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(dōdō`nə), in Greek religion, the oldest oracleoracle,
in Greek religion, priest or priestess who imparted the response of a god to a human questioner. The word is also used to refer to the response itself and to the shrine of a god. Every oracular shrine had a fixed method of divination.
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, in inland Epirus, near modern Janina, sacred to Zeus and Dione. According to Herodotus, an old oak tree there became an oracle when a black dove, from Egyptian Thebes, settled on it. Priestesses interpreted the rustling of the tree's leaves, the cooing of doves, and the clanging of brass vessels that were hung from the tree's branches. The site has been extensively excavated in the 20th cent.
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Ruins of Greek temples are all that remain of a once thriving religious site, where Zeus and his wife were worshipped. In one myth, too, an Egyptian priestess escaped the Phoenicians as a dove and landed on a tree that would become the location of an important oracle. Fortean Picture Library.

Dodona (Greece)

(religion, spiritualism, and occult)

The ancient center for the worship of Zeus at Dodona in northwest Greece became famous as a place to seek oracles concerning the future. It seems originally to have been a site for the worship of the mother goddess, who was replaced by Zeus around 1400 BCE. The mother goddess was reduced in standing, and at least locally became known as Zeus’ wife, Diona.

The most important object at Dodona was a tree, variously noted to be beech or oak. The two deities were believed to reside in this sacred tree. Those who sought an oracle would approach the priests (or, in later times, the priestesses) andmake their inquiry. The priests would then listen to the rustling of the leaves through which the Gods were believed to speak.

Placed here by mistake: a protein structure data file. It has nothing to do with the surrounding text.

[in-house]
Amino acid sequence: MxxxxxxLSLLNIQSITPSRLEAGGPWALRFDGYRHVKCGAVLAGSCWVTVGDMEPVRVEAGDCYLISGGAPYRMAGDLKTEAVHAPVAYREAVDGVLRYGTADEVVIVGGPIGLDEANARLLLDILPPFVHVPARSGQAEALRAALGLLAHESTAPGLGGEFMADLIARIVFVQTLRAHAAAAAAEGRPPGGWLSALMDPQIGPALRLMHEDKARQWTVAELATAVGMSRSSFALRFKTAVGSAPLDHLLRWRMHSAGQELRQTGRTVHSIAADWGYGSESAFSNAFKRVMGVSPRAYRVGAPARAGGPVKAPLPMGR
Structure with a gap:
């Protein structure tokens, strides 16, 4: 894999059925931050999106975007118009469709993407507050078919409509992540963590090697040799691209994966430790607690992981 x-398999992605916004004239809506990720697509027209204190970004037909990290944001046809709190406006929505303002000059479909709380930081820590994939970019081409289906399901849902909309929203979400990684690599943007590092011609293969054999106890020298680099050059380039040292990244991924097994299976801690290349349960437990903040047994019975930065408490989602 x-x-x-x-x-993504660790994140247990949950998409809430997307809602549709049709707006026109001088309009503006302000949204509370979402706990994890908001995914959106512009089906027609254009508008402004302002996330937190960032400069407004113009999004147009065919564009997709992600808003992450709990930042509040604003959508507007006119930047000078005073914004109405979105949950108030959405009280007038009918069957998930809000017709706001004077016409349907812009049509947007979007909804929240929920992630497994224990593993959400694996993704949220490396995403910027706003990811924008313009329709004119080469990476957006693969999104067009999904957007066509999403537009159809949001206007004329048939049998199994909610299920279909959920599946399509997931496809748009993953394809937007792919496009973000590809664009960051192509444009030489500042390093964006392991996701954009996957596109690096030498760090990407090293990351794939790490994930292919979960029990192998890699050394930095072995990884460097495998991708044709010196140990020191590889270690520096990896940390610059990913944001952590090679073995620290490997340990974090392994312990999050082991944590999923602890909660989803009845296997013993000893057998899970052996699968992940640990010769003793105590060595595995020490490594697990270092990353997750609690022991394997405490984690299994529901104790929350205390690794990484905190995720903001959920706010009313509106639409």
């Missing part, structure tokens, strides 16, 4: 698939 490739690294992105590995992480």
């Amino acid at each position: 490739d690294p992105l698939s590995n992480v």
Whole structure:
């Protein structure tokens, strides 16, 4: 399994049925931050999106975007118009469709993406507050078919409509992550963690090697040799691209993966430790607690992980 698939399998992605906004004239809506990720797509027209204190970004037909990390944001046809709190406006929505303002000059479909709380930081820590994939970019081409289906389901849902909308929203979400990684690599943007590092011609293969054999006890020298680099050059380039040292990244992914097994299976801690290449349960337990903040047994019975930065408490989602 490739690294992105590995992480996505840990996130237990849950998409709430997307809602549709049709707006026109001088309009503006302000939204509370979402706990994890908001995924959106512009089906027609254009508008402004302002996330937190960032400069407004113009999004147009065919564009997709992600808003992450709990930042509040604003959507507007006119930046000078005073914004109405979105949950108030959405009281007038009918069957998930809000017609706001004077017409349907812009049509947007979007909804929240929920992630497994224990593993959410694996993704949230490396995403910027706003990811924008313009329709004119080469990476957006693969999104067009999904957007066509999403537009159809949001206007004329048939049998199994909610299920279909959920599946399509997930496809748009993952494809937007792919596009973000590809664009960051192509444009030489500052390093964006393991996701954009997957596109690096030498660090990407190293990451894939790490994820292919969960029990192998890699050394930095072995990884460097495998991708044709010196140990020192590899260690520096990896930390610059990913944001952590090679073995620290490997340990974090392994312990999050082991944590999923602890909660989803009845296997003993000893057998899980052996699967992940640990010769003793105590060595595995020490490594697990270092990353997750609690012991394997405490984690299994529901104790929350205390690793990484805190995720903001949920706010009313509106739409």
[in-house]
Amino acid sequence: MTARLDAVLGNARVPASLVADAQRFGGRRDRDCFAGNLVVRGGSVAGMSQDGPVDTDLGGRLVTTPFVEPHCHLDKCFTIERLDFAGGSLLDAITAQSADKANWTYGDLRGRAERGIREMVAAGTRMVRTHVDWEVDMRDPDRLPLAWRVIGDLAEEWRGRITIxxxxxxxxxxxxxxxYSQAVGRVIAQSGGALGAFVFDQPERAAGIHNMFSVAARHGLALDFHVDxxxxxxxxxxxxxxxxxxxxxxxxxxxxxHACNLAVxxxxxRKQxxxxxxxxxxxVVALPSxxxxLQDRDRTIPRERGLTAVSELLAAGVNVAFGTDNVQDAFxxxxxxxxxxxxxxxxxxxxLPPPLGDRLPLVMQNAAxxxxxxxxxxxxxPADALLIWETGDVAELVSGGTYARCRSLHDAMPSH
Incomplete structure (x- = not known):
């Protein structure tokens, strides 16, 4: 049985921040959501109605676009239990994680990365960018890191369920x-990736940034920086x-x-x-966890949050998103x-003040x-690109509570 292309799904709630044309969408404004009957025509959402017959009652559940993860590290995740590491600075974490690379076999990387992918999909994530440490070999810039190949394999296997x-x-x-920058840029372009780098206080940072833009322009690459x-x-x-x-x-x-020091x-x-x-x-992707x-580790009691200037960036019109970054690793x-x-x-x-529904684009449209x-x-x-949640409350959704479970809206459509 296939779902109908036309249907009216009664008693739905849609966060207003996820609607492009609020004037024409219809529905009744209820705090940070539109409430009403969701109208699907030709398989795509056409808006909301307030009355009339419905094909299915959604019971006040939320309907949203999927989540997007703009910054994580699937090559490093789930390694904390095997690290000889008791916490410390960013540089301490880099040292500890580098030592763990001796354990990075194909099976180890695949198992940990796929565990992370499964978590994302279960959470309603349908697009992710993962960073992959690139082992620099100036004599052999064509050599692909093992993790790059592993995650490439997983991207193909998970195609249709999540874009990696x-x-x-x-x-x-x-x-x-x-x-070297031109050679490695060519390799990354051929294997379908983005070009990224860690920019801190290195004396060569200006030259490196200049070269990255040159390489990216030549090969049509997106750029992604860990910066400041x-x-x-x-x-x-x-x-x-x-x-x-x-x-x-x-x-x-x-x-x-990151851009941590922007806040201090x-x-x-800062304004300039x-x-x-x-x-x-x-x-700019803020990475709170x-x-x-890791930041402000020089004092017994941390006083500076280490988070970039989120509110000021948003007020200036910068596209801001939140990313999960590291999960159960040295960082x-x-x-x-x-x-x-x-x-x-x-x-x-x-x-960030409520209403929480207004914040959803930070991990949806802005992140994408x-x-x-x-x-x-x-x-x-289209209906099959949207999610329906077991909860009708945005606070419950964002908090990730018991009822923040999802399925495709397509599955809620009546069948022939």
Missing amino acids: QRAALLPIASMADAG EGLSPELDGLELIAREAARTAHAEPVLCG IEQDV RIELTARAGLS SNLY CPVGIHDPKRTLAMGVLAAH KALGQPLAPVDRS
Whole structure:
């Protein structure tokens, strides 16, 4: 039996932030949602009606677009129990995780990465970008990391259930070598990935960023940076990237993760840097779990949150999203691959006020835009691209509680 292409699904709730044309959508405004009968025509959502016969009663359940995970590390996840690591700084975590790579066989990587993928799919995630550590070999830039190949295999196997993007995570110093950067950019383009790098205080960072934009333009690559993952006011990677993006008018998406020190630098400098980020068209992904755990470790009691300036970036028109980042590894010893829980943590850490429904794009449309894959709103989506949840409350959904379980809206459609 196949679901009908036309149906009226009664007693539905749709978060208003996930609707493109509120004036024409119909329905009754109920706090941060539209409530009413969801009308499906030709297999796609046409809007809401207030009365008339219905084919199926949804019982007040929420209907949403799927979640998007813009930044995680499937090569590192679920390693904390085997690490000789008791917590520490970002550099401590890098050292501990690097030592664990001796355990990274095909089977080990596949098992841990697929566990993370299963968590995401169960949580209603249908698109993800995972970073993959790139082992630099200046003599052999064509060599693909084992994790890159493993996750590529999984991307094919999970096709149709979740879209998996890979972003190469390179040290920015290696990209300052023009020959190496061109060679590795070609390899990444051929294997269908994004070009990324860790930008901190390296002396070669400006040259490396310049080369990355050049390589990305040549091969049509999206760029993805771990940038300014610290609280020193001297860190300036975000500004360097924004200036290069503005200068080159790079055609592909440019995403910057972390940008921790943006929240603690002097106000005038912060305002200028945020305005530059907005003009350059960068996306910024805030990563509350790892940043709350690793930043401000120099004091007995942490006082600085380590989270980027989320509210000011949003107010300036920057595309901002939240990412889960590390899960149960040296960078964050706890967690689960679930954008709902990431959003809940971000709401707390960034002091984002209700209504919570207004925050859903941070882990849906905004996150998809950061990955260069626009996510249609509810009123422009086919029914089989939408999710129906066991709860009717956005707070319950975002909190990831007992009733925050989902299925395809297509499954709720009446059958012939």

There are two famous stories about Dodona. Herodotus (c. 484-c. 425 BCE), the one who noted the transition of male to female personnel at the oracle, repeated a legend that the site originated in the plight of two Egyptian priestesses who had been abducted by the Phoenicians. They escaped their captors by turning themselves into doves and flying away. One flew to Dodona, landed on a tree, and demanded the founding of an oracle. The other flew to Libya where a similar event is said to have occurred (though no Libyan oracle existed to verify the report). It was also noted that the prow on the ship of Jason the Argonaut was believed to have been carved from wood from Dodona.

There were no buildings at Dodona for many centuries, but around the fourth century BCE a temple to Zeus was erected. In the next century, King Pyrrhus of Epirote became the oracle’s patron and constructed a number of buildings as well as a wall around the main oracle tree for protection. Dodona subsequently became the center of life in that area of Greece.

Dodona was destroyed by an invading army in 219 BCE but rebuilt by King Philip V of Macedonia (238–178 BCE). It suffered from the Roman invasion of the region in 167 BCE. The oracle continued to function into the fourth century CE, during which time the sacred tree was cut down. Theodosius the Great (347–395), the Byzantine emperor, saw to the building of a Christian basilica at the site.

Today one may visit the site. Remnants of the temple to Zeus and the Prytaneum, a resting place for the priests of Zeus, are among the ancient buildings that may be seen.


Delcor, Mathias. “The Selloi of the Oracle of Dodona and the Oracular Priests of the Semitic Religions.” In J. Schreiner, ed. Wort, Lied, und Gottesspruch: Beiträge zur Septuaginta. Festschrift für Joseph Ziegler. Würzburg: Echter, 1972.
Parke, H. W. The Oracles of Zeus: Dodona, Olympia, Ammon. Cambridge, MA: Harvard University Press, 1967.



an ancient Greek city in Epirus and one of the oldest religious centers of ancient Greece, site of the Dodona oracle. Excavations begun at Dodona in the 1870’s have unearthed a well-preserved theater seating 18,000, the remnants of an acropolis, a temple of Zeus, and quarters for pilgrims.


oldest oracle of Zeus in Greece. [Gk. Myth.: Kravitz, 83]


an ancient Greek town in Epirus: seat of an ancient sanctuary and oracle of Zeus and later the religious centre of Pyrrhus' kingdom